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An eerie, isolated place, high on the moor, this is Dartmoor’s highest town and exposed to the full force of weather from the north and east. Princetown is a harsh but unique place dominated by the UK’s answer to Alcatraz, the notorious Dartmoor Prison.

The settlement was the grand idea of Thomas Tyrwhitt who was secretary to The Prince of Wales and leased the desolate Moorland for his attempts to “Civilise the interior”.

In an unashamed attempt to curry favour with his boss he called his new project Princetown.  When it became clear that his plans for a rich agricultural settlement were doomed due to the inhospitable nature of the location, he decided perhaps wisely that the location best lent itself to a prison.

The logic was the natural barrier of the moor itself – if prisoners managed to escape, they would either perish from hypothermia on the open moor or be easily tracked by dogs through a landscape with no shelter and few places to hide. The structure was built originally in 1808 by French and American Prisoners of War who had been held in the hulls of large, decommissioned ships along the south coast and at one time there were over 11,000 incarcerated here.

The stark church remains only one in the UK built by convicts. Thousands died of disease and exhaustion here and were buried in mass graves recognised today by simple memorials in the Prison grounds.

In the 20th Century the prison became infamous in the UK housing not only its most feared criminals but conscientious objectors in World War 1 and IRA prisoners in the early 1921 risings.

Today around 800 prisoners are still held in this wildest of spots with nothing but open moorland to gaze over from their cell windows.  The “modern” prison revamped by the Victorians is as scary a place to look at as you can get -  dark uncompromising and stark sitting in the middle of miles of desolate moorland it is truly a shuddering sight. Crime has paid in one sense at Princetown as the town you see today grew around the Prison to house the officers and families who were sent here. Whilst, on the face of it, Princetown is not a pretty place, it does provide a fascinating overnight stop and an important contrast to the picture postcards and cream teas of the thatched villages on the Eastern Moor. In that sense a vital and utterly unique place for those who really want to explore and understand Dartmoor in its entirety.

This is the most deprived ward in Devon and to understand how the high moor still makes an isolated and harsh environment to live in you should be stopping here.

On a positive note, for the arriving Dartmoor Way walker, all the facilities here are geared towards those heading into the great outdoors and walkers are more welcome here than anywhere.  The place has several Bunk houses, walkers’ tea shops and welcoming inns offering good B&B and serving hearty meals - are all reliant on the trade from walkers alone to survive.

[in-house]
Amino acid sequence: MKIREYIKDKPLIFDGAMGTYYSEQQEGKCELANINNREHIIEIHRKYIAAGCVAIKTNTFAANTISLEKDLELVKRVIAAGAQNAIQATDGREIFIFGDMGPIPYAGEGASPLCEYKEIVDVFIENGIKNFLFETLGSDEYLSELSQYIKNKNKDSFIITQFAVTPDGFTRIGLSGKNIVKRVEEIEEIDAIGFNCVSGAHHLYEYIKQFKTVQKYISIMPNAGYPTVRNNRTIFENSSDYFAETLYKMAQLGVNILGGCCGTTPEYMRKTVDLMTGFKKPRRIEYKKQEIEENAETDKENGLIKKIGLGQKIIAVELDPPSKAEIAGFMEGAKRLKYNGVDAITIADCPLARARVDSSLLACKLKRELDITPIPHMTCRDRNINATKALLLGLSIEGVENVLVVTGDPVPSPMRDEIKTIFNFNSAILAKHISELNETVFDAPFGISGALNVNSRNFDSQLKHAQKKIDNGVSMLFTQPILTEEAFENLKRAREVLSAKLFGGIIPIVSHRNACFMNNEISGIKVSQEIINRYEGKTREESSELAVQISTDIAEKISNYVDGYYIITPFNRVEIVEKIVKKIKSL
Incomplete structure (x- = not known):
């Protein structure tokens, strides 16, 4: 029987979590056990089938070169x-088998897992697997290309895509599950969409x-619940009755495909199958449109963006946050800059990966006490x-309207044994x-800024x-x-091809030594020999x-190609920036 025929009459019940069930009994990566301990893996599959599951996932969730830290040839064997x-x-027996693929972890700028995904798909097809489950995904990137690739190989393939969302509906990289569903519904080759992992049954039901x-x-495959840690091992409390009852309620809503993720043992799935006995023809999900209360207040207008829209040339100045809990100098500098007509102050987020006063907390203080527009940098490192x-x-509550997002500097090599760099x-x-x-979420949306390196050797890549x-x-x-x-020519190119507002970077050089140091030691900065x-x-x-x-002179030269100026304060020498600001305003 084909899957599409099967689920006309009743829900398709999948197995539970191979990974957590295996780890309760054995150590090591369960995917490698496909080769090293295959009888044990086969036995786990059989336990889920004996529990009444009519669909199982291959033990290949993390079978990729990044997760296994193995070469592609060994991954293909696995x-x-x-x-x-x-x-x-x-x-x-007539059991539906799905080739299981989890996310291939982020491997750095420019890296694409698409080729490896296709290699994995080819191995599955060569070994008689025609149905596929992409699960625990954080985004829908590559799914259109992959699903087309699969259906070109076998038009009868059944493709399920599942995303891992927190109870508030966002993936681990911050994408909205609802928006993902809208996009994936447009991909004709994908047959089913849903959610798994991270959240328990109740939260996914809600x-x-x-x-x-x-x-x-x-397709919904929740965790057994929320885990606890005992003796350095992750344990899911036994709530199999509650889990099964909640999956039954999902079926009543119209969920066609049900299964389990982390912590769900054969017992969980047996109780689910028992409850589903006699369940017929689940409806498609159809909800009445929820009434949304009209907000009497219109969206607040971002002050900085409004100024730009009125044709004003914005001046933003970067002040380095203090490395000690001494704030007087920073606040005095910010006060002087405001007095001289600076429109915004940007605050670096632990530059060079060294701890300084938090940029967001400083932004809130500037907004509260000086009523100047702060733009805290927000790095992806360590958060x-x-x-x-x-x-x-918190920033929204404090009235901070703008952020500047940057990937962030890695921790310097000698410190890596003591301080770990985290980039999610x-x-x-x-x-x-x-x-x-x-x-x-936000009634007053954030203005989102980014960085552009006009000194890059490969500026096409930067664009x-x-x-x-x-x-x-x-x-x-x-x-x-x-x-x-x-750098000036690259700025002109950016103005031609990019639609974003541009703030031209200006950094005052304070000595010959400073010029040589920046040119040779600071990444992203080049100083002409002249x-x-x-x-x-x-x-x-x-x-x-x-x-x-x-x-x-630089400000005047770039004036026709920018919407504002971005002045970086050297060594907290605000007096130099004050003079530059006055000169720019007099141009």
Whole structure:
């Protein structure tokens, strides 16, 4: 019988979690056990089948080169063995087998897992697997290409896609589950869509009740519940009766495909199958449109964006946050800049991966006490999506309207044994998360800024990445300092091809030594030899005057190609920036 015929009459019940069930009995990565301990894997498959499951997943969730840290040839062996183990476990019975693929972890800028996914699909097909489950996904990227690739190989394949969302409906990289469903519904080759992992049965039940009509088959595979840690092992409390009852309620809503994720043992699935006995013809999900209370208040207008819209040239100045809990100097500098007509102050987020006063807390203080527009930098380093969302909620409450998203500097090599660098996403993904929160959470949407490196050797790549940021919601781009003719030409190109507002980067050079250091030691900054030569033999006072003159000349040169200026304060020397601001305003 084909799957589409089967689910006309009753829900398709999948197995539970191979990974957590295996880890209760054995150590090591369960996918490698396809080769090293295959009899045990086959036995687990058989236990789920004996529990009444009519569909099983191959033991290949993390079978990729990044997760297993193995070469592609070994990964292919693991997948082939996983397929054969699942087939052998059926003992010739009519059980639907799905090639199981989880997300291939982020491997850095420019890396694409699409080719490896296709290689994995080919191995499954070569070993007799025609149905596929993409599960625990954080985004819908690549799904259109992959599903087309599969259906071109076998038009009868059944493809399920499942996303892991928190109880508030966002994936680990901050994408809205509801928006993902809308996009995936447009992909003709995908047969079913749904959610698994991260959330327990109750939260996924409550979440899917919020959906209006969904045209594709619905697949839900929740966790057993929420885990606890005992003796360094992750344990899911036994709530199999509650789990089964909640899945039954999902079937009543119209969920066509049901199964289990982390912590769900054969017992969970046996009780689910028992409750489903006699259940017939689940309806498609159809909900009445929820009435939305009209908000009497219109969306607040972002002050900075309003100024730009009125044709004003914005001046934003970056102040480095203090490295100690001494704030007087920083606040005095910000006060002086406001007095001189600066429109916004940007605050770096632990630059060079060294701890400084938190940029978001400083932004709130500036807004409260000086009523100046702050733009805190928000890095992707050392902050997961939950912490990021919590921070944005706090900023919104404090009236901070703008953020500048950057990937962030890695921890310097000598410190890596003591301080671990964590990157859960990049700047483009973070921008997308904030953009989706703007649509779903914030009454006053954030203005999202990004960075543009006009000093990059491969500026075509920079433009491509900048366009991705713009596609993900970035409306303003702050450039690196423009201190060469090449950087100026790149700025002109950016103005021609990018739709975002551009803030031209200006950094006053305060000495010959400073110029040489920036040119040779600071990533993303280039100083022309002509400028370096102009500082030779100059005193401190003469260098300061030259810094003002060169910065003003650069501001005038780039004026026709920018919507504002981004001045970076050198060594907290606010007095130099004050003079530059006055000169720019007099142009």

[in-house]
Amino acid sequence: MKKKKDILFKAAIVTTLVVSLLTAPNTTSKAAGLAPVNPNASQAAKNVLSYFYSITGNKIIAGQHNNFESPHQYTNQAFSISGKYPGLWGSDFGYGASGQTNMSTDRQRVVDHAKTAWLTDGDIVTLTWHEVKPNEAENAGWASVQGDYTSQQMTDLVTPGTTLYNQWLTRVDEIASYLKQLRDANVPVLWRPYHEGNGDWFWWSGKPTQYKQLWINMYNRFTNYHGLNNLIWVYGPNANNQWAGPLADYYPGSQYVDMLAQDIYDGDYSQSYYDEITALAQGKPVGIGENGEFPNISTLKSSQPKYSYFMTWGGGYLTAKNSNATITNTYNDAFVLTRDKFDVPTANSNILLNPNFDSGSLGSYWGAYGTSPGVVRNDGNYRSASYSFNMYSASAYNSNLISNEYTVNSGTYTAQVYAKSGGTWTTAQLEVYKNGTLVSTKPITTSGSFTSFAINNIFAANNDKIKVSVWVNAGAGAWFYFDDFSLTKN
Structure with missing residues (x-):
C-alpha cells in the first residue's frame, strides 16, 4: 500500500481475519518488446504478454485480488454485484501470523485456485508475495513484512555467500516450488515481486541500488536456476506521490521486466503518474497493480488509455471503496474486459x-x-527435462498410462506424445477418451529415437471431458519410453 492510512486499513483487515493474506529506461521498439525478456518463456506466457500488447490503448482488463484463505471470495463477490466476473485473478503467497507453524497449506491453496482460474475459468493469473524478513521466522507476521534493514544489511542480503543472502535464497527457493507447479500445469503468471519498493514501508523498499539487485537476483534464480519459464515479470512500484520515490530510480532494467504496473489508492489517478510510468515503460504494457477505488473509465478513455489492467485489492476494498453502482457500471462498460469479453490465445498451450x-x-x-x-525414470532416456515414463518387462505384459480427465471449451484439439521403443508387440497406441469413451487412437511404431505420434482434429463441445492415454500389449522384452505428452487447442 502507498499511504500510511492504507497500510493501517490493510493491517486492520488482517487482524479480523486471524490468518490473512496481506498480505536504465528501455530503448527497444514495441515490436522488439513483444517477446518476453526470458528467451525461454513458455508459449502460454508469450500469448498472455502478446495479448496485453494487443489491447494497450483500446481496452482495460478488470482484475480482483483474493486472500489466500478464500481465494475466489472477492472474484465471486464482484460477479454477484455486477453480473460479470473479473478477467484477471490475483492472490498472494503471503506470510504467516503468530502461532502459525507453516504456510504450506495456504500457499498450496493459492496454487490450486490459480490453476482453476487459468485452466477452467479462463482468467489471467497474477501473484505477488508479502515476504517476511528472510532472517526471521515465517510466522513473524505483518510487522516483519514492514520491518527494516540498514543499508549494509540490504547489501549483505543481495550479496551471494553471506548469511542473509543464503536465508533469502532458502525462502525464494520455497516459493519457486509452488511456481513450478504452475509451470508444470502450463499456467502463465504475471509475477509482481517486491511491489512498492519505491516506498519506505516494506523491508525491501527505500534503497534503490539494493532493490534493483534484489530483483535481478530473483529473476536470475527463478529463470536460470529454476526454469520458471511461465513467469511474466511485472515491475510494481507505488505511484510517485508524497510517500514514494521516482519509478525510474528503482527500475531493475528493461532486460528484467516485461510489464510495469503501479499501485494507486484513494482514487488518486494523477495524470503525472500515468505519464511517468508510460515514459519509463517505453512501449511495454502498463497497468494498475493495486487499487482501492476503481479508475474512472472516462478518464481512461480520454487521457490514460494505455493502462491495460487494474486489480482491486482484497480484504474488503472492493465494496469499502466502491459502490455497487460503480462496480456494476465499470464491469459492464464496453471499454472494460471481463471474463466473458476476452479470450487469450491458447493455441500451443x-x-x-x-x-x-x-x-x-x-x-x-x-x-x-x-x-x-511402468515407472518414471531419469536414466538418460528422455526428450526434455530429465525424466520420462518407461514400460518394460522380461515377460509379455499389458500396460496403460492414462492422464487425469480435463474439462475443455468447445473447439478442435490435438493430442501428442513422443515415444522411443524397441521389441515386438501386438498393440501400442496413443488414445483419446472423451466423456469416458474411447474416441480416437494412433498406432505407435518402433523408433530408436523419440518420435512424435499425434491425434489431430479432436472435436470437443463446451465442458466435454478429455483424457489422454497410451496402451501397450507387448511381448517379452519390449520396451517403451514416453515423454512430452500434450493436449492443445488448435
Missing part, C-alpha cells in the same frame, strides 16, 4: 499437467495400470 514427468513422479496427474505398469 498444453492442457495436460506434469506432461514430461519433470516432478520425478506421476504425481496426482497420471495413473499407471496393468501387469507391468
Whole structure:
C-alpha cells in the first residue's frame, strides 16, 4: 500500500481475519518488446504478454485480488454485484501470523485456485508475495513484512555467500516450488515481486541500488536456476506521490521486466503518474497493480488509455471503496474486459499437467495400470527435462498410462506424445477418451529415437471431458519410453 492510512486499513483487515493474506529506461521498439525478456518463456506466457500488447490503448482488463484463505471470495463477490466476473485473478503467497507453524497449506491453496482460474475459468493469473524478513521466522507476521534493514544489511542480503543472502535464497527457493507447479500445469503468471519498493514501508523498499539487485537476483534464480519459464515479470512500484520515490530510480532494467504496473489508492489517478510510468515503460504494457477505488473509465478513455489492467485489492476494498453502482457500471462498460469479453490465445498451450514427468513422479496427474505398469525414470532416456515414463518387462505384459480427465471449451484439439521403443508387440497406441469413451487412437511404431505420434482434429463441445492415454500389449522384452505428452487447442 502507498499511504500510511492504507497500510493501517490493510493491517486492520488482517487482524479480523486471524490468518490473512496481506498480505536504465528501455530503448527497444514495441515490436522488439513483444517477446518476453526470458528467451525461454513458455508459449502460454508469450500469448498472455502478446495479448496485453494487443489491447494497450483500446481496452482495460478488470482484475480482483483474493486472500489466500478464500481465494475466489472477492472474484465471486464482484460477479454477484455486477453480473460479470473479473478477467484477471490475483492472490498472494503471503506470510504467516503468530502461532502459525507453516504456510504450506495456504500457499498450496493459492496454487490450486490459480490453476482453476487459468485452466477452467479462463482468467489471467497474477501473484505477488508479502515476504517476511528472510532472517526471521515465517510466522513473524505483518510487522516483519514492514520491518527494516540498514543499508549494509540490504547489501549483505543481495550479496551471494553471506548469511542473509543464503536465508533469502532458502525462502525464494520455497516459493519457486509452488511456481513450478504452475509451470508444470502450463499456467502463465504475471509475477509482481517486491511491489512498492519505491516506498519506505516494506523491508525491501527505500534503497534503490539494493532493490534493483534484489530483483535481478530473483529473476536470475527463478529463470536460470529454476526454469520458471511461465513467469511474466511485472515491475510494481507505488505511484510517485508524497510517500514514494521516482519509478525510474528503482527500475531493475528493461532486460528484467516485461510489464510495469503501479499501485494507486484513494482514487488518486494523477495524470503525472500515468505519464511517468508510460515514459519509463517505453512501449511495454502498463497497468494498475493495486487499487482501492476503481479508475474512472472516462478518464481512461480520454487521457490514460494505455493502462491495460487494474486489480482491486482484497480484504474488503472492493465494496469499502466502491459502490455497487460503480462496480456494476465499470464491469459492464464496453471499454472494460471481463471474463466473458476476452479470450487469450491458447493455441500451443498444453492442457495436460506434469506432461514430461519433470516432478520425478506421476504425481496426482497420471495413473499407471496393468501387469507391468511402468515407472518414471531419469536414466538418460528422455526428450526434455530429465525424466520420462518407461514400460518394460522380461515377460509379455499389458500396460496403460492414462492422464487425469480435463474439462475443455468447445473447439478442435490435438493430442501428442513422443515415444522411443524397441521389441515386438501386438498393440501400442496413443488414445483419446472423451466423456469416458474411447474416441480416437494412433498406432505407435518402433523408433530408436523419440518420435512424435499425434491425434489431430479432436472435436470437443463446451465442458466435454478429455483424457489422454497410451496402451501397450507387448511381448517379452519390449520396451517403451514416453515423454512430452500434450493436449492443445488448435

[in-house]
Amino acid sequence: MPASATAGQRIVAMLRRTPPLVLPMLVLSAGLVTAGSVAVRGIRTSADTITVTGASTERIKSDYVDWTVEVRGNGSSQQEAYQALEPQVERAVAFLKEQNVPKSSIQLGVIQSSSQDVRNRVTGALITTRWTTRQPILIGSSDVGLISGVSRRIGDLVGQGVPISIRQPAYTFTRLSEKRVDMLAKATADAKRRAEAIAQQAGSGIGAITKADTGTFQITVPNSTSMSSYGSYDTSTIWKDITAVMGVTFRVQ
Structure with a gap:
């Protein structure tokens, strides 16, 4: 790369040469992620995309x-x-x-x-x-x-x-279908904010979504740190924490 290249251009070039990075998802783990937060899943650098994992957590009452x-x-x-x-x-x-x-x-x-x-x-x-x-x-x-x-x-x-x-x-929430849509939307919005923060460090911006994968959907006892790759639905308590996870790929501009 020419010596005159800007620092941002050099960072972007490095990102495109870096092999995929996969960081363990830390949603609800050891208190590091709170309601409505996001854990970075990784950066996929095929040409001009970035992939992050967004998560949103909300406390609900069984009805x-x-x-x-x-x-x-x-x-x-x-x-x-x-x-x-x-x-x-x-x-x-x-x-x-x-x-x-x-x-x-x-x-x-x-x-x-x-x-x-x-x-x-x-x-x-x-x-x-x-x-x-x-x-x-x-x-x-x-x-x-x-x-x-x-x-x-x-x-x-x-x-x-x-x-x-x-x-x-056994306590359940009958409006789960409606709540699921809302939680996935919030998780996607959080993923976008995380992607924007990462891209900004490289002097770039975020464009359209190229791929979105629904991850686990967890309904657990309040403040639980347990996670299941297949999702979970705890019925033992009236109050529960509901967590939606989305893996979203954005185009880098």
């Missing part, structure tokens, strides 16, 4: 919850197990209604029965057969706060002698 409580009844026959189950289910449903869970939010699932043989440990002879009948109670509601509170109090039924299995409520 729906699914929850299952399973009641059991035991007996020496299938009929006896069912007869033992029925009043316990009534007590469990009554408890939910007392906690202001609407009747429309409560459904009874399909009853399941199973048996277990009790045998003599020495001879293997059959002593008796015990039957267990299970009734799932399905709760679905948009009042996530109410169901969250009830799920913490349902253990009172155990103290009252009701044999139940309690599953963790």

Right in the middle of town, The High Moorland Visitor Centre is the Dartmoor National Parks flagship location for visitors to Dartmoor.  It is an impressive tour featuring state of the Dartmoor art displays and National Park information, very different to the Prison Museum but equally informative.

The building housing the exhibitions used to be the Duchy Hotel, where Sir Arthur Conan Doyle stayed while writing The Hound of the Baskervilles – the deadly Grimpen Mire that features throughout the book was in fact The Fox Tor Mire to the South of the Town.

Highly recommended, you should make time to visit the Dartmoor Prison Museum just north of the Town, set in one of the grim outlying prison buildings.  Run by the some of the wardens, this place is superb, no modern ‘hands-on’ displays here, just the fascinating history of the prison, the riots and rebellions by its prisoners, its most famous inhabitants and their usually doomed attempts at escape.

There is a wealth of items which have been steadily added to by the wardens including early straitjackets,  manacles, and various items from Victorian prisoners’ dress to displays of lethal looking home-made weapons confiscated by warders found in the cells, as well as the usual gadgets fashioned to try and make an escape over or under the walls. You can see a mock up cell, buy items made today for sale by the prison workers and, in what is perhaps the most informative part, watch a video of today’s prisoners telling their stories, talking openly and frankly about the prison, why they ended up there and how being incarcerated here has affected them and their hopes for the future.

Princetown is also home to the Dartmoor Brewery, now housed by the old railway line and it produces its award winning “Jail Ale” here – Our advice? - Get holed up round the fire in one of Princetowns pubs with the locals and count your blessings that you are staying here and not in a cell down the road.  Have a few pints of real Ale and a hearty walker’s dinner and Princetown may well end up your most relaxing stop on the Dartmoor Way.

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